During development oligodendrocyte precursors can be identified in the ventral ventricular zone of the mouse spinal cord around E12.5 through the expression of PLP-EGFP and many of these cells co-express markers of early OPCs such as Olig2 (Tsai et al. 2006). These cells or their progeny subsequently disperse widely throughout the spinal cord. To observe the early stages of dispersal, the migration of EGFP+ cells was followed using time-lapse microscopy in slice preparations of E12.5 spinal cords. At the ventricular zone PLP- EGFP+ cells were oriented radially. These cells had a leading process projecting toward the pial surface indicating they had developed some level of intrinsic polarity. In the majority of cells the leading process did not project completely to the pial surface but rather was highly dynamic, extending and retracting rapidly. Cell translocation was salutatory and invariably followed the direction of the leading process. In general, the cell body translocated slowly along the length of the process for an extended interval. These periods of uniform movement were interspersed by short intervals of extremely rapid movement as the cell body translocated to a new location. For example, the cell imaged in Figure 1 demonstrated a constant slow rates of migration from 0 min to 80 min followed by sudden collapse and rapid movement of the cell body over a 20 min period (Fig. 1A). Not all PLP-EGFP cells at the ventricular zone demonstrate saltatory migration at the same time. During 3-hour imaging periods from 3 slices, 12% (5/42) of cells underwent saltatory migration and the remainder were relatively sedentary (Fig 1C). Even though not moving at a constant rate, saltatory migrating cells covered significant distances in relatively short time periods. For example, among actively migrating cells the mean rate of migration of saltatory cells was 0.48 ± 0.8 μm/min while the mean migration rate of all migratory cells was 0.19 ± 0.02 μm/min. Saltatory migration was not restricted to OPCs emigrating from the ventricular zone or to cells in slices. In cell cultures purified A2B5+ OPCs from newborn rat spinal cord cultured on laminin substrate also demonstrated the same saltatory movement of the cell body (Fig. 1B) suggesting this mode of migration is intrinsic to early OPCs and not imposed by the environment.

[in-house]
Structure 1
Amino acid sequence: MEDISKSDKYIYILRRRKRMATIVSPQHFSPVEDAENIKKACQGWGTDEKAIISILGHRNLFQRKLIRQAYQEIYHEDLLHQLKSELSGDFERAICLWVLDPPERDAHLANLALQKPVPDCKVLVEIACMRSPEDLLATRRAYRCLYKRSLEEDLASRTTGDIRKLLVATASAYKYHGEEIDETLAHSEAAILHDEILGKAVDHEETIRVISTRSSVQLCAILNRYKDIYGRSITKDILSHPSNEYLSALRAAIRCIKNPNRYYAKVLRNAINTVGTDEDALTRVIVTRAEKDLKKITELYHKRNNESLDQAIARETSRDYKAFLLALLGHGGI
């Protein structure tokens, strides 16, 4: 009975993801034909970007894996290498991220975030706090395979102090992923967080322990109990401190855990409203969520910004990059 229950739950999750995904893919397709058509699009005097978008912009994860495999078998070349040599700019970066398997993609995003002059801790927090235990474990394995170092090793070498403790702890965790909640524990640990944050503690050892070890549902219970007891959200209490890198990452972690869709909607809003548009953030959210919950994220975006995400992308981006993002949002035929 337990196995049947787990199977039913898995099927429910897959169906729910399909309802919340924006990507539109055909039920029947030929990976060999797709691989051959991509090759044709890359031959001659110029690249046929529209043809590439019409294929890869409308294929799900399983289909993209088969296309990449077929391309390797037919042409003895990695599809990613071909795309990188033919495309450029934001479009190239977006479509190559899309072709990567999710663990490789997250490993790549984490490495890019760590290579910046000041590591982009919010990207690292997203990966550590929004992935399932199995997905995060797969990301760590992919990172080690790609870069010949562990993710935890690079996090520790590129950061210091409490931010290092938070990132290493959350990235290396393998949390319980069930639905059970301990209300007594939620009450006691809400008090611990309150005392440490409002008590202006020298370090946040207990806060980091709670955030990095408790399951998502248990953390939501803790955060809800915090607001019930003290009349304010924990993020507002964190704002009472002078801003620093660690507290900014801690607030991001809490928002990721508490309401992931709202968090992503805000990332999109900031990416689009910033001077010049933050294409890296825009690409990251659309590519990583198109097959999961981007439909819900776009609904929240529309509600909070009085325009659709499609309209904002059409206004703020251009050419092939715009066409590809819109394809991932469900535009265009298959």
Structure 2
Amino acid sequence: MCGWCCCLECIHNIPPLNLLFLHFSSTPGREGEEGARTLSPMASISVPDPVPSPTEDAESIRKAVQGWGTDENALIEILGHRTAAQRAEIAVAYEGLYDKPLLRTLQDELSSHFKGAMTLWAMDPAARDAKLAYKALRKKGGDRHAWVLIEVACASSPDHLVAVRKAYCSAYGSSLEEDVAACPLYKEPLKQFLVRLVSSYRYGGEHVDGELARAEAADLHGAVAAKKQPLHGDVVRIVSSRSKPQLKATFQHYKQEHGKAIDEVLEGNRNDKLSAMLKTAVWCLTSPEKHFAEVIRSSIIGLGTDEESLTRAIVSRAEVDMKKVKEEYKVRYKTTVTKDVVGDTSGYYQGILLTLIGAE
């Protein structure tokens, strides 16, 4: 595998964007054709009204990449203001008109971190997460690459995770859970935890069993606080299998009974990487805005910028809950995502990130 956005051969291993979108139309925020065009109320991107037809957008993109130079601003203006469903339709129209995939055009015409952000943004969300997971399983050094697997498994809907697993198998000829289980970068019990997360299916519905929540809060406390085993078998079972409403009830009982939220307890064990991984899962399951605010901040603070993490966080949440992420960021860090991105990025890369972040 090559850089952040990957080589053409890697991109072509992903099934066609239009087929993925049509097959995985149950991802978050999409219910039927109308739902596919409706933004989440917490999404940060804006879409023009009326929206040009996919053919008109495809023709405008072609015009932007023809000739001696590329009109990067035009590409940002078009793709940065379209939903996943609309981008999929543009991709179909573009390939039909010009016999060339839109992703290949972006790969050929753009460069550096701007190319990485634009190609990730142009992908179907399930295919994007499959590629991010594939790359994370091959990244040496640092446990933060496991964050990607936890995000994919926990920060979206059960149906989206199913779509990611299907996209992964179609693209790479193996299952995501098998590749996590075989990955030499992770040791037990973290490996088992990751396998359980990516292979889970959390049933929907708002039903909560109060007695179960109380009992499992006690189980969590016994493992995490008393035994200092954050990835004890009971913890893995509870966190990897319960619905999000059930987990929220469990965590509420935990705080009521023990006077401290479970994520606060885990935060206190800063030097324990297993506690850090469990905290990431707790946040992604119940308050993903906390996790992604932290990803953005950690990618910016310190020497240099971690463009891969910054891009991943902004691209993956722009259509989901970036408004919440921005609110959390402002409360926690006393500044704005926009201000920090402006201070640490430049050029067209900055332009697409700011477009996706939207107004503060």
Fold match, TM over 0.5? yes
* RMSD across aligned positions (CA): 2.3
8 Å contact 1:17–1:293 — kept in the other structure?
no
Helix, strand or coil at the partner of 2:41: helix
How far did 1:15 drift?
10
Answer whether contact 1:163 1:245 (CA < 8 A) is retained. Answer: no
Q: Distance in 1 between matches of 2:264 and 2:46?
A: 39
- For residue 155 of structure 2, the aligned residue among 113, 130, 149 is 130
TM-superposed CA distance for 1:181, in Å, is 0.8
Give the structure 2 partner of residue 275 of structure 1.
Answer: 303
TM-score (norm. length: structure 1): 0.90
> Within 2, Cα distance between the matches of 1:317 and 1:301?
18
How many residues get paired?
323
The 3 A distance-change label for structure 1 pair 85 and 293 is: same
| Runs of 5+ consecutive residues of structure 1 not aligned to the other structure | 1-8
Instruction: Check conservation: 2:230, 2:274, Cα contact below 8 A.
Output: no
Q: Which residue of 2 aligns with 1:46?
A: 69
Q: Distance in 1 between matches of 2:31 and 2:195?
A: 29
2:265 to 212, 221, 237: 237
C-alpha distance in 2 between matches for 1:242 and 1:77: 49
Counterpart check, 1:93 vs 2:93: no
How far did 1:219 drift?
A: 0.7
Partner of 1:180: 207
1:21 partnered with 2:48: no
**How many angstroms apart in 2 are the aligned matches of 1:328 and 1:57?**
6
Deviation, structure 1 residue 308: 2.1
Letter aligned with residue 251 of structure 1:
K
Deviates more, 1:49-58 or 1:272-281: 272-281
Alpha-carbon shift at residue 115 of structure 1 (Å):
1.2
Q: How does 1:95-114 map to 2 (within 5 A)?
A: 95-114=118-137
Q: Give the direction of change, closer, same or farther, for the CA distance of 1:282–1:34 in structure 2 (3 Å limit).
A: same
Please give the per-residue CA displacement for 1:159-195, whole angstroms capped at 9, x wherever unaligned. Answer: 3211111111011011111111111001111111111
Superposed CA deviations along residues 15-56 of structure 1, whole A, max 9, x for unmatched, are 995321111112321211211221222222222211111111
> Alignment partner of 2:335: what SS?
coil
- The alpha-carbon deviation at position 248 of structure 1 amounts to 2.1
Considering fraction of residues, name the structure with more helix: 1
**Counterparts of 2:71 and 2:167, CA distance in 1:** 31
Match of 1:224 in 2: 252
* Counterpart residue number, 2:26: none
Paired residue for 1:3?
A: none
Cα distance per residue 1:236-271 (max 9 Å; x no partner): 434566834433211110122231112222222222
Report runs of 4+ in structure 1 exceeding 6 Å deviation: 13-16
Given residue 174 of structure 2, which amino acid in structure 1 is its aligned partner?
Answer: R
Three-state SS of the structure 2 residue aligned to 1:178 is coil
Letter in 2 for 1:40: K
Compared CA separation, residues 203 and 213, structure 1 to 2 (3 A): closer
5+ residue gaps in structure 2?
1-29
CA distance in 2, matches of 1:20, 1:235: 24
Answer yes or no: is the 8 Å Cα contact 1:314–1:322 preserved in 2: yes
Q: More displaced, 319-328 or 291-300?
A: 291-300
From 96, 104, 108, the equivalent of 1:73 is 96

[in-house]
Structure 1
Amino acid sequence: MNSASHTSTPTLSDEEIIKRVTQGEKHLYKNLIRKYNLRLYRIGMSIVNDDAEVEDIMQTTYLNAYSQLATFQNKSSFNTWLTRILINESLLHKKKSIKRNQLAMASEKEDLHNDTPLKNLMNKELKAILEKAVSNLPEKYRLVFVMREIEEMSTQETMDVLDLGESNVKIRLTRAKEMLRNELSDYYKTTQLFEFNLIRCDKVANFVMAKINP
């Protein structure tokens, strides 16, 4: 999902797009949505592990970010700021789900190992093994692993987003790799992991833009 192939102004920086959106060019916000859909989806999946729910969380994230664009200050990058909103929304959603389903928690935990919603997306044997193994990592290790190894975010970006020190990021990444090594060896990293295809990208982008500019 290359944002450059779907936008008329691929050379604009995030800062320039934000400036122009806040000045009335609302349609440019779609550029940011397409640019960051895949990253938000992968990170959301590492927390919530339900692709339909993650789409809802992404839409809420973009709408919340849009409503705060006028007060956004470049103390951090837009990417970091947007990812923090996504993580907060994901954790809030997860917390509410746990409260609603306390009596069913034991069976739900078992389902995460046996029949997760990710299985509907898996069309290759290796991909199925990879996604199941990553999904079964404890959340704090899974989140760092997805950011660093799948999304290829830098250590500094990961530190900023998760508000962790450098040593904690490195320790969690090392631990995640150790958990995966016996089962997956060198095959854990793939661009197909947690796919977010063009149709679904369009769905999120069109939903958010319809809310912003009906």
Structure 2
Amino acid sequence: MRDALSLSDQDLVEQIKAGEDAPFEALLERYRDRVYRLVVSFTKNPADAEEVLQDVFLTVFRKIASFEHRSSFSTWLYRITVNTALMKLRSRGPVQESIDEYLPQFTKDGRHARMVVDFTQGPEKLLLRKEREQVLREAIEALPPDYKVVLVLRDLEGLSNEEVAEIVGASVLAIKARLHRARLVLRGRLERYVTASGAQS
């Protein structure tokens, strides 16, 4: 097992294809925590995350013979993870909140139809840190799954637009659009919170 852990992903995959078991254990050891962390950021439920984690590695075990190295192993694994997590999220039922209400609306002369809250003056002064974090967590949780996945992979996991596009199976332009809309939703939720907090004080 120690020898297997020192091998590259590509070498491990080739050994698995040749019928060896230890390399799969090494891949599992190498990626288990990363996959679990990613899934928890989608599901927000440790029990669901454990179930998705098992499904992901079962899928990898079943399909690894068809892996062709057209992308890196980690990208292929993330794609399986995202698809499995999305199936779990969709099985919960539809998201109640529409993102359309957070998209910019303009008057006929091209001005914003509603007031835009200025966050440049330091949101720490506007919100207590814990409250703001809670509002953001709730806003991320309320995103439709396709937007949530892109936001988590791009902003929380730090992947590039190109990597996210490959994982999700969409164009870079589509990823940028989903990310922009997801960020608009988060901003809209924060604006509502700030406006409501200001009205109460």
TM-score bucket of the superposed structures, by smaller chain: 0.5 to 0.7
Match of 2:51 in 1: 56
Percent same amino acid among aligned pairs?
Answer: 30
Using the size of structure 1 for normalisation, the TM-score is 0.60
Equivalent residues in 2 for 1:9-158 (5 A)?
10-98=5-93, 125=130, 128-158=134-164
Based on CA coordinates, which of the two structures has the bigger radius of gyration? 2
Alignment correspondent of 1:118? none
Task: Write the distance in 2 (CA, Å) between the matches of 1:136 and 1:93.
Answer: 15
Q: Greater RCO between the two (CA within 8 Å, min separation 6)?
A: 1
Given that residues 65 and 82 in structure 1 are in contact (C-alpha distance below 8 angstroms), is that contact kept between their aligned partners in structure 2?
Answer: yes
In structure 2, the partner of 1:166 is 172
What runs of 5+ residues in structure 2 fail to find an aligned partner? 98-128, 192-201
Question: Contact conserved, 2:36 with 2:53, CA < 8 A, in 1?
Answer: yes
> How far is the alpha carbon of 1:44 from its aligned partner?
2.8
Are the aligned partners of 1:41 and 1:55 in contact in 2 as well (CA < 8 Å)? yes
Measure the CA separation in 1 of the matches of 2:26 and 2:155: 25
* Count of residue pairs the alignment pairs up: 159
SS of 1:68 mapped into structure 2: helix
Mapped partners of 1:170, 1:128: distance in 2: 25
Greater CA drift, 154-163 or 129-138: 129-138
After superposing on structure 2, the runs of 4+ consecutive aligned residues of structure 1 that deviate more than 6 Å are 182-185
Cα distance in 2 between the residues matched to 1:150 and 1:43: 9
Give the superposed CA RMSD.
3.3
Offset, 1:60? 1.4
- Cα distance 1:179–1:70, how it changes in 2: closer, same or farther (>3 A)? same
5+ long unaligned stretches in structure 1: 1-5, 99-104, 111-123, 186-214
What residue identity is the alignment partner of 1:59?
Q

Figure 1
Saltatory migration mode. (A) At E12.5, OPCs migrate from the ventricular/intermediate zones into the marginal zone using saltatory migration mode with one process toward the pial surface (right edges of each panel). The cell body largely undergoes steady ...

Exploratory modes of migration

In slices from older animals (E14 to P0) or in regions not closely associated with a germinal zone, OPCs adopted a different mode of migration. In longitudinal slices of dorsal spinal cord OPCs migrating along axonal tracts predominantly demonstrated an exploratory style of translocation. These cells migrated equally in both rostral and caudal directions (Fig. 2). Exploratory migration was characterized by constant and persistent movement of cell bodies and exploratory processes (Fig. 3A–C). The leading processes retained a relatively uniform length but constantly sent out growth cone-like structures to explore their environment (Fig. 3A). This leading process did not appear to be firmly attached to any local substrate or to follow any obvious preformed pathway. Cell translocation in this mode did not result in a total reorganization of cell morphology, rather changes in the identity of the leading process was sufficient to alter the trajectory of the migrating cell. A similar mode of exploratory migrational behavior was seen in purified A2B5+ cells cultured on laminin substrates (Fig. 3B) suggesting that, like saltatory migration, exploratory migration was intrinsic to OPCs. On laminin substrates in vitro OPC migrated at a constant rate and changed their directions repeatedly and kept relatively constant lengths of leading processes during the course of recording (Fig. 3B). Overall, OPCs moving in the exploratory mode did not migrate slower than those using saltatory migration and occasionally cells were seen that switched from one mode to the other.